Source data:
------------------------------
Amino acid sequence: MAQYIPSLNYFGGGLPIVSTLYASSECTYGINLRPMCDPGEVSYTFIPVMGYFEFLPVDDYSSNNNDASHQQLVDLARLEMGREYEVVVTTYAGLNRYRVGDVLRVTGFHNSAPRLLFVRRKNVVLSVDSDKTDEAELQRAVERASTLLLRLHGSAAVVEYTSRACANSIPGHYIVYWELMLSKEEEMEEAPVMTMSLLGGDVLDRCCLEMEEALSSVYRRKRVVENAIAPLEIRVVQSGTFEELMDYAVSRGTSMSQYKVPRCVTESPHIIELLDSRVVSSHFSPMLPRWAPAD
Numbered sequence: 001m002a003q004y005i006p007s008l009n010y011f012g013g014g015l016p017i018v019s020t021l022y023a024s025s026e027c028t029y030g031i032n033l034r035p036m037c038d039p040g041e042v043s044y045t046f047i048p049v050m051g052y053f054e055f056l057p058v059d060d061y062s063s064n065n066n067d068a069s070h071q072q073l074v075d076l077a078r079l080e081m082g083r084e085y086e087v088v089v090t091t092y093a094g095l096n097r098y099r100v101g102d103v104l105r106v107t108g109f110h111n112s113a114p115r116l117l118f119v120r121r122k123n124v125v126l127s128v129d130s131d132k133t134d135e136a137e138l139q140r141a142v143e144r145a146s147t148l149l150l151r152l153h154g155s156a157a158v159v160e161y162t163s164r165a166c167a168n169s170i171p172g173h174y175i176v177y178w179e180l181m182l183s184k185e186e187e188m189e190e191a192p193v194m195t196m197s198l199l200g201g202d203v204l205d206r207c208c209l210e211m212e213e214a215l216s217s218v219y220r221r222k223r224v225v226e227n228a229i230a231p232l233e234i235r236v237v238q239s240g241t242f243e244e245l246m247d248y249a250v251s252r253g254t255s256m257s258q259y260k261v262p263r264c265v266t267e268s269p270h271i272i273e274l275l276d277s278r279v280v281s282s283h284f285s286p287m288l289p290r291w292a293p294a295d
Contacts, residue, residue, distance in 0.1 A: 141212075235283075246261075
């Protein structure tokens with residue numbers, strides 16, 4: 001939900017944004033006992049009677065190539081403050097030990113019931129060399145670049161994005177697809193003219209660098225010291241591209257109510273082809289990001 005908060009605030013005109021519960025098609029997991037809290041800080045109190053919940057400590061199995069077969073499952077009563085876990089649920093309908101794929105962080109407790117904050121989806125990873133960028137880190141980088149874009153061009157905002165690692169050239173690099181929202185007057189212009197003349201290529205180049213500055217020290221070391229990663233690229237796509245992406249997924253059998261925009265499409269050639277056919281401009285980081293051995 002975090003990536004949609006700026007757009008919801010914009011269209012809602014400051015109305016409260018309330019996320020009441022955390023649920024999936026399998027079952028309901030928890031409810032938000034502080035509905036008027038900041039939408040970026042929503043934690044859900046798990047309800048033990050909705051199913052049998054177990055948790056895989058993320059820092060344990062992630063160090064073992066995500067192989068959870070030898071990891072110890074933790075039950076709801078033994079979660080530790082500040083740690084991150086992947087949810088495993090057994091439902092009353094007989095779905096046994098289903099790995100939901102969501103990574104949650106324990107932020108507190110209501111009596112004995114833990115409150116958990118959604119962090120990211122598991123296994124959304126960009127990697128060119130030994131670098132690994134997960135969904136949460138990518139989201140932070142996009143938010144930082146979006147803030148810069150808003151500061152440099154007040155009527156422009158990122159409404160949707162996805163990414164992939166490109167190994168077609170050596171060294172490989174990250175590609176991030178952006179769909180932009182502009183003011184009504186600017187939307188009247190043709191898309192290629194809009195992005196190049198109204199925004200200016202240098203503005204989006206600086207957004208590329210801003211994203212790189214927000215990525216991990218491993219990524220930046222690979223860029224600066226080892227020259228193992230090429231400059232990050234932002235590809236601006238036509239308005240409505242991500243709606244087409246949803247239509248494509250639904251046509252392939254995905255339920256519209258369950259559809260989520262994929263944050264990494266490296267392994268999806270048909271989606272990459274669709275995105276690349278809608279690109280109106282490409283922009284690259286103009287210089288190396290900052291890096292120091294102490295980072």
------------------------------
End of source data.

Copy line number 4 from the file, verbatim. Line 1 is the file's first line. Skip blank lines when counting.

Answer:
């Protein structure tokens with residue numbers, strides 16, 4: 001939900017944004033006992049009677065190539081403050097030990113019931129060399145670049161994005177697809193003219209660098225010291241591209257109510273082809289990001 005908060009605030013005109021519960025098609029997991037809290041800080045109190053919940057400590061199995069077969073499952077009563085876990089649920093309908101794929105962080109407790117904050121989806125990873133960028137880190141980088149874009153061009157905002165690692169050239173690099181929202185007057189212009197003349201290529205180049213500055217020290221070391229990663233690229237796509245992406249997924253059998261925009265499409269050639277056919281401009285980081293051995 002975090003990536004949609006700026007757009008919801010914009011269209012809602014400051015109305016409260018309330019996320020009441022955390023649920024999936026399998027079952028309901030928890031409810032938000034502080035509905036008027038900041039939408040970026042929503043934690044859900046798990047309800048033990050909705051199913052049998054177990055948790056895989058993320059820092060344990062992630063160090064073992066995500067192989068959870070030898071990891072110890074933790075039950076709801078033994079979660080530790082500040083740690084991150086992947087949810088495993090057994091439902092009353094007989095779905096046994098289903099790995100939901102969501103990574104949650106324990107932020108507190110209501111009596112004995114833990115409150116958990118959604119962090120990211122598991123296994124959304126960009127990697128060119130030994131670098132690994134997960135969904136949460138990518139989201140932070142996009143938010144930082146979006147803030148810069150808003151500061152440099154007040155009527156422009158990122159409404160949707162996805163990414164992939166490109167190994168077609170050596171060294172490989174990250175590609176991030178952006179769909180932009182502009183003011184009504186600017187939307188009247190043709191898309192290629194809009195992005196190049198109204199925004200200016202240098203503005204989006206600086207957004208590329210801003211994203212790189214927000215990525216991990218491993219990524220930046222690979223860029224600066226080892227020259228193992230090429231400059232990050234932002235590809236601006238036509239308005240409505242991500243709606244087409246949803247239509248494509250639904251046509252392939254995905255339920256519209258369950259559809260989520262994929263944050264990494266490296267392994268999806270048909271989606272990459274669709275995105276690349278809608279690109280109106282490409283922009284690259286103009287210089288190396290900052291890096292120091294102490295980072």